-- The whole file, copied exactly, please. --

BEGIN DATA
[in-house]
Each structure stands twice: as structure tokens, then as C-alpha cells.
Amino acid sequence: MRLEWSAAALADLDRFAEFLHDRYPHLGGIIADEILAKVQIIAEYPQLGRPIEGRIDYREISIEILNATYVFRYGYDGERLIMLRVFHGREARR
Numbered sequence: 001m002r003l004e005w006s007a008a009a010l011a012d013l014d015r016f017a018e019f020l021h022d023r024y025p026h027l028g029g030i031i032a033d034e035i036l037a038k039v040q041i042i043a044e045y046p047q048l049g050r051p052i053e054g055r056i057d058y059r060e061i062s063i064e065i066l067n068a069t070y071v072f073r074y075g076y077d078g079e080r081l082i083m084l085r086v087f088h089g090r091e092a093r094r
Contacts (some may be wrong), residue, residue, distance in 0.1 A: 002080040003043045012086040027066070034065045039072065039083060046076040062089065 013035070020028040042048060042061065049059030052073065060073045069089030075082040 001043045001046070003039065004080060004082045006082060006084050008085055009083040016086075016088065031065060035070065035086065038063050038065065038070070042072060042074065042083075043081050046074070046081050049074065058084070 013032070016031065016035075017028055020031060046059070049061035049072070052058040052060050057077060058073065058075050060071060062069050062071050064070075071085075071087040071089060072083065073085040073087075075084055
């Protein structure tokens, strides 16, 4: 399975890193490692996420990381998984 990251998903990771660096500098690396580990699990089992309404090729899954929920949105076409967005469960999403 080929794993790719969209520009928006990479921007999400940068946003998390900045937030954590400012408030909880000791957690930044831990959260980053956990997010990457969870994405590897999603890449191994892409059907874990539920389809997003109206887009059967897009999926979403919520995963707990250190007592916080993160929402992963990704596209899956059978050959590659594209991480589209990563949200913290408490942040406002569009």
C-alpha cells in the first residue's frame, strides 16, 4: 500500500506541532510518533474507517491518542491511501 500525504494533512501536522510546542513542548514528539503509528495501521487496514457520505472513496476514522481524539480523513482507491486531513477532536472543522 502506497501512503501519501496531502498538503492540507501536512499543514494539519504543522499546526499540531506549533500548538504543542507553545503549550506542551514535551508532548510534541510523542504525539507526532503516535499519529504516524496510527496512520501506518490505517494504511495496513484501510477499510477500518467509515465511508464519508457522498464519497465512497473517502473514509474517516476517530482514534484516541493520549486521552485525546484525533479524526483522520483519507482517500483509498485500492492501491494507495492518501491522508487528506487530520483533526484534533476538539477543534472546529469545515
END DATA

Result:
[in-house]
Each structure stands twice: as structure tokens, then as C-alpha cells.
Amino acid sequence: MRLEWSAAALADLDRFAEFLHDRYPHLGGIIADEILAKVQIIAEYPQLGRPIEGRIDYREISIEILNATYVFRYGYDGERLIMLRVFHGREARR
Numbered sequence: 001m002r003l004e005w006s007a008a009a010l011a012d013l014d015r016f017a018e019f020l021h022d023r024y025p026h027l028g029g030i031i032a033d034e035i036l037a038k039v040q041i042i043a044e045y046p047q048l049g050r051p052i053e054g055r056i057d058y059r060e061i062s063i064e065i066l067n068a069t070y071v072f073r074y075g076y077d078g079e080r081l082i083m084l085r086v087f088h089g090r091e092a093r094r
Contacts (some may be wrong), residue, residue, distance in 0.1 A: 002080040003043045012086040027066070034065045039072065039083060046076040062089065 013035070020028040042048060042061065049059030052073065060073045069089030075082040 001043045001046070003039065004080060004082045006082060006084050008085055009083040016086075016088065031065060035070065035086065038063050038065065038070070042072060042074065042083075043081050046074070046081050049074065058084070 013032070016031065016035075017028055020031060046059070049061035049072070052058040052060050057077060058073065058075050060071060062069050062071050064070075071085075071087040071089060072083065073085040073087075075084055
């Protein structure tokens, strides 16, 4: 399975890193490692996420990381998984 990251998903990771660096500098690396580990699990089992309404090729899954929920949105076409967005469960999403 080929794993790719969209520009928006990479921007999400940068946003998390900045937030954590400012408030909880000791957690930044831990959260980053956990997010990457969870994405590897999603890449191994892409059907874990539920389809997003109206887009059967897009999926979403919520995963707990250190007592916080993160929402992963990704596209899956059978050959590659594209991480589209990563949200913290408490942040406002569009």
C-alpha cells in the first residue's frame, strides 16, 4: 500500500506541532510518533474507517491518542491511501 500525504494533512501536522510546542513542548514528539503509528495501521487496514457520505472513496476514522481524539480523513482507491486531513477532536472543522 502506497501512503501519501496531502498538503492540507501536512499543514494539519504543522499546526499540531506549533500548538504543542507553545503549550506542551514535551508532548510534541510523542504525539507526532503516535499519529504516524496510527496512520501506518490505517494504511495496513484501510477499510477500518467509515465511508464519508457522498464519497465512497473517502473514509474517516476517530482514534484516541493520549486521552485525546484525533479524526483522520483519507482517500483509498485500492492501491494507495492518501491522508487528506487530520483533526484534533476538539477543534472546529469545515